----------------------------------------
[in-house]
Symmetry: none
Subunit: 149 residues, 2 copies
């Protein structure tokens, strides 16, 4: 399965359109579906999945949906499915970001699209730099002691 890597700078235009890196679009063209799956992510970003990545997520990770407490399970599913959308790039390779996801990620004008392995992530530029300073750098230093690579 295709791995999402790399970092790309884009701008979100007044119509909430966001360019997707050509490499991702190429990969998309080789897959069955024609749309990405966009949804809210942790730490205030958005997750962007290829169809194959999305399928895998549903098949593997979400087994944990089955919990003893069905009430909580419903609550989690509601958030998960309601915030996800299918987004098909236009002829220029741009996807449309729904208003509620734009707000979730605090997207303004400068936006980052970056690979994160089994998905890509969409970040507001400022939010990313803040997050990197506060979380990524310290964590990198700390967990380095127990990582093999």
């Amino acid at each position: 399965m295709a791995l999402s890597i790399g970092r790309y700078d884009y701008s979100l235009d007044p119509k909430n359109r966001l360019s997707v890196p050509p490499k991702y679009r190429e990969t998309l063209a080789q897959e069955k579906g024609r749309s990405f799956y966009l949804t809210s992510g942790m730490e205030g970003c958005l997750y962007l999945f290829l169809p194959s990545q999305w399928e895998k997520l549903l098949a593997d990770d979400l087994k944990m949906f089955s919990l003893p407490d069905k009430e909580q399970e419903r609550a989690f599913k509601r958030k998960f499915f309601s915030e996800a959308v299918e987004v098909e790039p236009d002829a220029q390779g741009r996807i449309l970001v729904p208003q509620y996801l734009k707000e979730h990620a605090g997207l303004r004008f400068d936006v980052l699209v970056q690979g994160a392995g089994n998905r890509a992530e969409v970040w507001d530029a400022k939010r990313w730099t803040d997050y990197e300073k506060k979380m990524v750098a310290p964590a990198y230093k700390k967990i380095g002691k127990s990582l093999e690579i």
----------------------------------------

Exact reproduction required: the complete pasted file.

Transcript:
[in-house]
Symmetry: none
Subunit: 149 residues, 2 copies
């Protein structure tokens, strides 16, 4: 399965359109579906999945949906499915970001699209730099002691 890597700078235009890196679009063209799956992510970003990545997520990770407490399970599913959308790039390779996801990620004008392995992530530029300073750098230093690579 295709791995999402790399970092790309884009701008979100007044119509909430966001360019997707050509490499991702190429990969998309080789897959069955024609749309990405966009949804809210942790730490205030958005997750962007290829169809194959999305399928895998549903098949593997979400087994944990089955919990003893069905009430909580419903609550989690509601958030998960309601915030996800299918987004098909236009002829220029741009996807449309729904208003509620734009707000979730605090997207303004400068936006980052970056690979994160089994998905890509969409970040507001400022939010990313803040997050990197506060979380990524310290964590990198700390967990380095127990990582093999």
């Amino acid at each position: 399965m295709a791995l999402s890597i790399g970092r790309y700078d884009y701008s979100l235009d007044p119509k909430n359109r966001l360019s997707v890196p050509p490499k991702y679009r190429e990969t998309l063209a080789q897959e069955k579906g024609r749309s990405f799956y966009l949804t809210s992510g942790m730490e205030g970003c958005l997750y962007l999945f290829l169809p194959s990545q999305w399928e895998k997520l549903l098949a593997d990770d979400l087994k944990m949906f089955s919990l003893p407490d069905k009430e909580q399970e419903r609550a989690f599913k509601r958030k998960f499915f309601s915030e996800a959308v299918e987004v098909e790039p236009d002829a220029q390779g741009r996807i449309l970001v729904p208003q509620y996801l734009k707000e979730h990620a605090g997207l303004r004008f400068d936006v980052l699209v970056q690979g994160a392995g089994n998905r890509a992530e969409v970040w507001d530029a400022k939010r990313w730099t803040d997050y990197e300073k506060k979380m990524v750098a310290p964590a990198y230093k700390k967990i380095g002691k127990s990582l093999e690579i």